“Speak LIke a Man or You’ll Act Like A Wuss.”

I think that about sums it up.


61 Clay May 29, 2011 at 2:02 am

Nice start for the series, excited for the other switches.

I think, we should not get caught up whether we’re born to run or walk. The main point is we should move, get off that chair and do something. Walk, run, jump, swim, lift weights, do martial arts, climb up stairs,do the chores, have sex, the options are unlimited. Just use your body, make it move, introduce stress, let it get tired then let it recover.

About the music stuff, I listen to music when I lift workout, and if you say music breaks any connection between mind and body, for me it actually doesn’t. When it’s time to pump iron I barely notice any sound and just feel the tension in my muscles. :)

62 Harry R. Burger May 29, 2011 at 2:15 pm

In the Army, they teach about the FITT factors – Frequency, Intensity, Time, and Type.
Frequency: how often you exercise. For most people, 3 sessions of intense workout per week is the most recommended, with at least a day of rest between. If you are working out every day, alternate muscle groups so your arms rest one day and your legs rest the other day, and throw some abs work into the mix.
Intensity – if you aren’t elevating hour heart rate enough, you don’t do yourself the most good. Lifting heavy weights for low reps will build up lifting capacity, but you also need lower weights with greater reps to build endurance, and cardio/aerobics to work the whole system.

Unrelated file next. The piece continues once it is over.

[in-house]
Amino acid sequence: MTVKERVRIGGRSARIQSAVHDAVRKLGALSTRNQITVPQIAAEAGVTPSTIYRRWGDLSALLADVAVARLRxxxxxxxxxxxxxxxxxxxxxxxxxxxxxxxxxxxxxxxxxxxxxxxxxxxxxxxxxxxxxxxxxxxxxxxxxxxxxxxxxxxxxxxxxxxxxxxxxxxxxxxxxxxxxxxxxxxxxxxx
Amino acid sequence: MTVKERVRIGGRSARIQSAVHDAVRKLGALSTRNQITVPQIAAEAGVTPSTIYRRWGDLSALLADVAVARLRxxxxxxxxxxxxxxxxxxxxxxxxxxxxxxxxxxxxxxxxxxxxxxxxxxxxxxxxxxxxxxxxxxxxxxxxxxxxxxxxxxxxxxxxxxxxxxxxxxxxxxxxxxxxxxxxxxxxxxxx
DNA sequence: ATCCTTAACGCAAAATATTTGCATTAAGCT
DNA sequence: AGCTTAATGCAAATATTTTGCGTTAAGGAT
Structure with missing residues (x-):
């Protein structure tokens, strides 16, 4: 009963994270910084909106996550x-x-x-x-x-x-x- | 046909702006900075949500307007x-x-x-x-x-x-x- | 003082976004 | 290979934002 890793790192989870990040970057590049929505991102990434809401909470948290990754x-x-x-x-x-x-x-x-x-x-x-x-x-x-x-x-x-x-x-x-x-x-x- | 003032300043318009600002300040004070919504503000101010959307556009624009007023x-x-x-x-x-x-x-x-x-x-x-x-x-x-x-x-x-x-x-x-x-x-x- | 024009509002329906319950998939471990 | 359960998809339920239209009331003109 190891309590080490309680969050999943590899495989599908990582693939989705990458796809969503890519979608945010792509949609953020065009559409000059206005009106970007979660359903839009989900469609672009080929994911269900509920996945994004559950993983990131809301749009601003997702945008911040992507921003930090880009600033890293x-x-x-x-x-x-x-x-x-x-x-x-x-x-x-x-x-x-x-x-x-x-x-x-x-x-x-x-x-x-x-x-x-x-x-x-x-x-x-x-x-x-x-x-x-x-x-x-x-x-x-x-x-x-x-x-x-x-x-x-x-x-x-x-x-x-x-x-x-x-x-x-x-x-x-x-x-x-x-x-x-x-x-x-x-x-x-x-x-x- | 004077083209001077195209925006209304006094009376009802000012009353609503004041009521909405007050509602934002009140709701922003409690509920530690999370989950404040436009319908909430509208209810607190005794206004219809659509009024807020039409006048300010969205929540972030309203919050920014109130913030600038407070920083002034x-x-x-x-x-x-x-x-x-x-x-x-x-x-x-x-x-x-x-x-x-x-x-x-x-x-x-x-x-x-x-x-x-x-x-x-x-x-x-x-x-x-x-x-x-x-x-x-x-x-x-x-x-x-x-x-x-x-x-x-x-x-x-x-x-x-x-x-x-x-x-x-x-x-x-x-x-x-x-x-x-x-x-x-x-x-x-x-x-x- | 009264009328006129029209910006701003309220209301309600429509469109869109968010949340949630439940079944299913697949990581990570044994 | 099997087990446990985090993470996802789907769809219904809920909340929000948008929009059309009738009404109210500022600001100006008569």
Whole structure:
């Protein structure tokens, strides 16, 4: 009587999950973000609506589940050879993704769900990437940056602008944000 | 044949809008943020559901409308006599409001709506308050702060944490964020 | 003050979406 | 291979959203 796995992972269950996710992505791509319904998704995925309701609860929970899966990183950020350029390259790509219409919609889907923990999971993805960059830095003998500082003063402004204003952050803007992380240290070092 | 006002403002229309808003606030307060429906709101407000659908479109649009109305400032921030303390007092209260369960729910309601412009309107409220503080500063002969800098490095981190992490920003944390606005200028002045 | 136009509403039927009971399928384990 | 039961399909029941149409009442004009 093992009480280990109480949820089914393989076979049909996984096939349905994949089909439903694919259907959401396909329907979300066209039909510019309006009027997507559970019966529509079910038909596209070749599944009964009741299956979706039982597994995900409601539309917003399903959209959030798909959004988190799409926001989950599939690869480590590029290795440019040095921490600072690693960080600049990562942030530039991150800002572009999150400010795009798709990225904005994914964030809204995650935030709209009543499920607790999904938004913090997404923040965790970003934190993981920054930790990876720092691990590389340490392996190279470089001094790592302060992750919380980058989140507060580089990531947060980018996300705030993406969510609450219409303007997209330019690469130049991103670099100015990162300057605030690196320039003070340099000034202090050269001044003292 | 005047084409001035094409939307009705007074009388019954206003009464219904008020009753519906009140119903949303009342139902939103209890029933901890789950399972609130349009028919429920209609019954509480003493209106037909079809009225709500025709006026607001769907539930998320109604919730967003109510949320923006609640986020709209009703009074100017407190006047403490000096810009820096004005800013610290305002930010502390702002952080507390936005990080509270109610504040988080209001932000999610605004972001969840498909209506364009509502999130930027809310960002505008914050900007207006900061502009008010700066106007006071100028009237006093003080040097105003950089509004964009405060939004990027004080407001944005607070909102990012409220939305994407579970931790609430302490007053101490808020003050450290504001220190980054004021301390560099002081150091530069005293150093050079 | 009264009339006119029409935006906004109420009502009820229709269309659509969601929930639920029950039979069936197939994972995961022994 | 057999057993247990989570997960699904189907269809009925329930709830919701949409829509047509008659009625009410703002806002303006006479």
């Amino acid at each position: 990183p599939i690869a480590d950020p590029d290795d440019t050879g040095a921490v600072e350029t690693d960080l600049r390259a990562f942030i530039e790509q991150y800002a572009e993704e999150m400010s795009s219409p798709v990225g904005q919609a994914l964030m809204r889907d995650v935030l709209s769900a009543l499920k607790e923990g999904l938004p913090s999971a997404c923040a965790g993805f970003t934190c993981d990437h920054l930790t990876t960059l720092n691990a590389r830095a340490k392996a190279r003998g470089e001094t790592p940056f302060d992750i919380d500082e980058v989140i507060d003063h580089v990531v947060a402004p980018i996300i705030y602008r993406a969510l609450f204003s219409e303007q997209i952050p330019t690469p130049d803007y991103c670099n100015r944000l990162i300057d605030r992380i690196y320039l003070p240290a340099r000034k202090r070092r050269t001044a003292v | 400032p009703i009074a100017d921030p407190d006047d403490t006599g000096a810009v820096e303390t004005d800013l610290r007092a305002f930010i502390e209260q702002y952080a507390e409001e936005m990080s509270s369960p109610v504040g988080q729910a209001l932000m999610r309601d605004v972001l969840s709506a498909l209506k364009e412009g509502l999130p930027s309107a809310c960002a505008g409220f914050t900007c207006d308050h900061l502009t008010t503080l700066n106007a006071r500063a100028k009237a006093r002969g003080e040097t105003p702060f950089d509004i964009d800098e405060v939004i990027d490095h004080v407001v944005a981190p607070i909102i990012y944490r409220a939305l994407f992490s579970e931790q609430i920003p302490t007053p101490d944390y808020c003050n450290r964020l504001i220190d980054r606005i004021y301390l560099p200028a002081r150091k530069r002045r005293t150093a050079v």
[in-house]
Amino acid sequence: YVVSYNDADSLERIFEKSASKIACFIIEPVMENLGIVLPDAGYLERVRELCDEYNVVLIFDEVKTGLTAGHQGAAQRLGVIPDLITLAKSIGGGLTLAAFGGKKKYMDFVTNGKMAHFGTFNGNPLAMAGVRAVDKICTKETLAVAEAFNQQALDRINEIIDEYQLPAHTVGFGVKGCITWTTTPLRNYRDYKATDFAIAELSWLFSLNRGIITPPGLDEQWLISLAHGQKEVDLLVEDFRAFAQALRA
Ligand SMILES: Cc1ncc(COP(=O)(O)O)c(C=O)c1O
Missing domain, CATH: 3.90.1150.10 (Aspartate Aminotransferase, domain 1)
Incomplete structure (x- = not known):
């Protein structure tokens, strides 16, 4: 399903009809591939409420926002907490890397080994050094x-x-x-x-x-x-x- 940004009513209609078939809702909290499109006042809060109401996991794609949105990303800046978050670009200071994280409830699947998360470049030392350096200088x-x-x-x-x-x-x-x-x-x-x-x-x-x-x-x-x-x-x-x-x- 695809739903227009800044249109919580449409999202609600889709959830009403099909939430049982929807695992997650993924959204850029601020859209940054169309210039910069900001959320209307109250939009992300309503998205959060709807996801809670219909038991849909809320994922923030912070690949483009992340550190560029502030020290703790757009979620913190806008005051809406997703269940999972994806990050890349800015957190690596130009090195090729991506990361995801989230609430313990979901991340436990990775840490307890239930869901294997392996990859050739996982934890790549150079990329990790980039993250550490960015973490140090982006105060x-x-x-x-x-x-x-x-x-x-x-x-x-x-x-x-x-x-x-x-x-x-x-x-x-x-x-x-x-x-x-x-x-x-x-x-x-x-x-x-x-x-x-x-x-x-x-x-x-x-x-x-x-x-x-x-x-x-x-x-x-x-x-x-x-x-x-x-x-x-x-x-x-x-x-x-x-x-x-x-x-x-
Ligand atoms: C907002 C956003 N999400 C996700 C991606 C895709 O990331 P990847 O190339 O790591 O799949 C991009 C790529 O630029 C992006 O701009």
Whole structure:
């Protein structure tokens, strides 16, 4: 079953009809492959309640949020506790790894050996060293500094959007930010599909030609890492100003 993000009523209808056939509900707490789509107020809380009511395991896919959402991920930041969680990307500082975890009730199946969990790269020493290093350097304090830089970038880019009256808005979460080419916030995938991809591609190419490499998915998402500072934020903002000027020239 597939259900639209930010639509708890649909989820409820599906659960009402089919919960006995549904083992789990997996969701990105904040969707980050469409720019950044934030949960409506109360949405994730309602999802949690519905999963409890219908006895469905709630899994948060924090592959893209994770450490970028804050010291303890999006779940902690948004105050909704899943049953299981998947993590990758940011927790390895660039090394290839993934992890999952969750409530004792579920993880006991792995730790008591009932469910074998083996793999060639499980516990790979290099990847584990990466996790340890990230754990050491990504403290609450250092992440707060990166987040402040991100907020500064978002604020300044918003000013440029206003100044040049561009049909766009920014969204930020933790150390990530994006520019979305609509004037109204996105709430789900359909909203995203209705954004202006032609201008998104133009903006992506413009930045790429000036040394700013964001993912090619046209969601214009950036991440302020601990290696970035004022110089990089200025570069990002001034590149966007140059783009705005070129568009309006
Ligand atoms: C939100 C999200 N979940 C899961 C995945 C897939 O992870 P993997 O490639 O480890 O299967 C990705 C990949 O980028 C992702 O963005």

Time – at least 20-30 minutes per session is needed for your main workout, though if you are just trying to break the monotony of desk piloting that’s not really necessary. An acupuncturist recently told me he recommends not sitting for more than 20 minutes at a time if you can avoid it, even if you just stand up and walk to the water cooler on the other side of the room.
Type – do different types of activity. Work different muscle groups. Don’t just run all the time, do weights or play another sport sometimes. And don’t neglect those abs.

And I agree, martial arts are excellent. They work the whole body and teach you a skill that might save your life someday. Plus the confidence that you could take a hit and dish one out if needed makes you feel like just that much more of a man. This fall it will be 8 years since I started.

63 Brian Schorr May 31, 2011 at 10:34 pm